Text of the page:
It’s primarily on sale (rather than free) because I’d like to somewhat recoup my iOS Developer Program subscription cost (and perhaps make a small amount) while still making the app accessible to people who are unable to afford their own Developer Program subscription to build/install their own device copies of this app (since the source code is free). (I renewed my own iOS Developer Program subscription after over a year hiatus of iOS development just for this app.) I think selecting the lowest price point is a fair trade between public accessibility and my own overhead cost.

That’s the summary and status for the time being. Check out the product page and the GitHub project and feel free to comment here or on Hacker News.


In which I compare astronomical probabilities to the girlfriend this morning:

“You know it’s more likely to get struck by lightning twice in your life than it is to win the jackpot, right?”

“I’ve interviewed a guy who got struck by lightning twice!”

“But you've never met anyone who won the lottery, have you?”



Now for a totally technical aside:

The odds of picking Mega Millions correctly on one ticket is just 1 in 175,711,536. For the odds of getting struck by lightning twice in your lifetime to be better, then the odds of getting struck by lightning once in your lifetime should be better than 1 in √(175,711,536) — which is just about 1 in 13,256.

…Which is generally trueNOAA (in 2011) cites 1 in 10,000 for an 80 year lifespan (based on 400 US injuries/deaths per year ÷ the US population); others like National Geographic (citing NOAA figures in 2005) peg the figure even more likely at 1 in 3,000.

PyPy on Heroku

A few people (including the main @Heroku account on Twitter) have mentioned that I’ve thrown together a working Heroku buildpack for PyPy. (And hey, PyPy 1.8 just dropped last Friday so you should check that out.)

I noticed a couple other attempts that were broken (with an 'import site' failed error) and did some sleuthing on my own deployed-but-broken PyPy/Heroku site: did you know you can run arbitrary commands by using heroku run? I dug around (via heroku run "ls -la *") and tinkered with a buildpack of my own and discovered that the include dir was being symlinked (not actually copied) and the lib-python and lib_pypy directories contained symlinks rather than actual .py files. (This is possibly an issue with virtualenv --relocatable and PyPy.)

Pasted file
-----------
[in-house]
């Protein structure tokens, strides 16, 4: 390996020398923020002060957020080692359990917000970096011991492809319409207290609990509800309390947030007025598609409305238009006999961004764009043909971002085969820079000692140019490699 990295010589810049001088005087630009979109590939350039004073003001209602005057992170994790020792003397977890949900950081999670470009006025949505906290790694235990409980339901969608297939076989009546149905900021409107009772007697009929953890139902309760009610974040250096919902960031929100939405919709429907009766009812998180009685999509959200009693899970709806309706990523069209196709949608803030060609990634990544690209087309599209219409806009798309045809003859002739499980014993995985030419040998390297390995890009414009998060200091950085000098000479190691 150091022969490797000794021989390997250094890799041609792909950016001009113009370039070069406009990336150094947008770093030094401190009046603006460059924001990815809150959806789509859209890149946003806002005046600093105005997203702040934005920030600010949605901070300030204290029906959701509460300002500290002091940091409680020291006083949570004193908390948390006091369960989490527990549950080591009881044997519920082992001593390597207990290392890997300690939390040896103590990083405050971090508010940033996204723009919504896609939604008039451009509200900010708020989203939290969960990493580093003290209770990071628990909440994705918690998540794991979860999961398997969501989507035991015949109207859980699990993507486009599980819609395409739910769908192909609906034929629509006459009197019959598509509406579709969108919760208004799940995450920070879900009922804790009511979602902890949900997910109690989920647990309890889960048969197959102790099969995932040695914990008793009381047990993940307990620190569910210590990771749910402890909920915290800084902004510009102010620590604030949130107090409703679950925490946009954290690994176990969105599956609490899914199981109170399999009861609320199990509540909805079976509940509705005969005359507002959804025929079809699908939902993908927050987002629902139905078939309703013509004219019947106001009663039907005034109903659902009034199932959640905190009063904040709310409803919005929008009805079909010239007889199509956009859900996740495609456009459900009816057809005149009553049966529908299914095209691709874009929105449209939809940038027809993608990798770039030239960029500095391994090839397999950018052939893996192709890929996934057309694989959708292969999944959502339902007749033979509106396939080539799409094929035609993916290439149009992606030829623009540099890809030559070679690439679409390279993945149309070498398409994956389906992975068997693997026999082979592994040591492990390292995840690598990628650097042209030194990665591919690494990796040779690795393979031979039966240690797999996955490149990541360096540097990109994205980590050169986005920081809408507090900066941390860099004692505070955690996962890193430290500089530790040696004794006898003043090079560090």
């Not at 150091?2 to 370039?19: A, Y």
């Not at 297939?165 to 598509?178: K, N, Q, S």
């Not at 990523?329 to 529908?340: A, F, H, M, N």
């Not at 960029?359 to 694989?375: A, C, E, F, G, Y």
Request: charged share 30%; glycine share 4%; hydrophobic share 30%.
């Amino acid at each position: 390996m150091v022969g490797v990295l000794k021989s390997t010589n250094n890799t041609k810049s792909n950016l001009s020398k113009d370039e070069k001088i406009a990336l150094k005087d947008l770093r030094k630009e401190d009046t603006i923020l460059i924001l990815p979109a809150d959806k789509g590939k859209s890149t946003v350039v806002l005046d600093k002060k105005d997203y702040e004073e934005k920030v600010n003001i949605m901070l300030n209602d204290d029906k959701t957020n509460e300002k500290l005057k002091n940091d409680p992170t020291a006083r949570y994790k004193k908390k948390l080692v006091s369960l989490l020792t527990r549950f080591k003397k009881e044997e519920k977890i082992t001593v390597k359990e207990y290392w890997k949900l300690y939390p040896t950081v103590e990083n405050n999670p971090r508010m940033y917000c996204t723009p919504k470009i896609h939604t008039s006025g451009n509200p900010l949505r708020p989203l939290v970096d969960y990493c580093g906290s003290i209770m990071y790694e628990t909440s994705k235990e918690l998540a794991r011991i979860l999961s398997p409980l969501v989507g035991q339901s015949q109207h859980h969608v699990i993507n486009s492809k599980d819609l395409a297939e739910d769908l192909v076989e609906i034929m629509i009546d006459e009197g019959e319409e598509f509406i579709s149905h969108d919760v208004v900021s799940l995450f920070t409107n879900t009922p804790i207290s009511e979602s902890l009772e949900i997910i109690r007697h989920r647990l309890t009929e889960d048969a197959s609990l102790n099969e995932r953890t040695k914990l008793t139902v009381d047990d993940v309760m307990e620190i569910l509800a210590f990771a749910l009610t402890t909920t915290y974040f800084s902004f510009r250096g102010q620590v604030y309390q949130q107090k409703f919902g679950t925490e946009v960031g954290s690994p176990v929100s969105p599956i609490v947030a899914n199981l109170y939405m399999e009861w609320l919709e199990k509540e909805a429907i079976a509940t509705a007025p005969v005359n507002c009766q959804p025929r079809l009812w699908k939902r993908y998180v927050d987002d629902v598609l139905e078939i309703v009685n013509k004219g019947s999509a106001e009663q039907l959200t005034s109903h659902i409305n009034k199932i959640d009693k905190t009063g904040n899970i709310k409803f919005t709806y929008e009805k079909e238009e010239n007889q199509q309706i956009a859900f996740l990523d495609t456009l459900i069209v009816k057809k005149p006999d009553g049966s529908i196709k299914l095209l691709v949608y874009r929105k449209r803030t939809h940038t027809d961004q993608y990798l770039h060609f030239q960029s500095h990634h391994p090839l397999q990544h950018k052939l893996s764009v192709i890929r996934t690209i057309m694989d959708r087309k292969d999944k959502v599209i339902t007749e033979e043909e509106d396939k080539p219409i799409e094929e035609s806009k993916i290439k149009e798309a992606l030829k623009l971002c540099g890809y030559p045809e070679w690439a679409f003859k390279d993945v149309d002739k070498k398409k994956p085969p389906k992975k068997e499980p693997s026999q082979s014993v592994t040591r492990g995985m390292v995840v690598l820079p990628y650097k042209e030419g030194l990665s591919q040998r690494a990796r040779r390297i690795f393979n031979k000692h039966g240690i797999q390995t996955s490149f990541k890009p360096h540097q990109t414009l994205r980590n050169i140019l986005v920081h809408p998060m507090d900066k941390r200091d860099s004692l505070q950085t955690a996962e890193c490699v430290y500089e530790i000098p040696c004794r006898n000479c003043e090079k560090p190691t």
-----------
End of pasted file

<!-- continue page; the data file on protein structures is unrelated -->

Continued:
I fixed the buildpack by removing those directories and copying them manually after the virtualenv is set up.

(Aside: I’ve been toying with Heroku in my spare time for a mere couple weeks now, but the Cedar Buildpack system is a really awesome concept and really caught my eye: you can essentially use them to deploy your own arbitrary projects and languages to the Cedar stack.)

In any case, this buildpack is more or less a drop-in replacement for the default Heroku one. When creating a Heroku app, you can enable it like this:

heroku create --stack cedar --buildpack git://

Or, modify an existing Python/Heroku app by using:

heroku config:add BUILDPACK_URL=git://

…and then re-deploying your app (by pushing).

Enjoy your easy to set up, cloud-hosted PyPy!

Deploying Django on Heroku

Alert: Extremely long tutorial post ahead.

If you want to follow along, I’ve made an example project available here. Said example site is running here.

An extremely abridged tldr version of this (containing just the shell and code snippets, sans explanation) is located here: tldr.markdown.

I've been toying around with Heroku in my spare time over the past couple weeks because "NoOps" is the new hotness and the promise is cool enough: wouldn’t it be great if you could write and deploy a high-performance website without having to micromanage the infrastructure? (See also: erosion and whatnot.)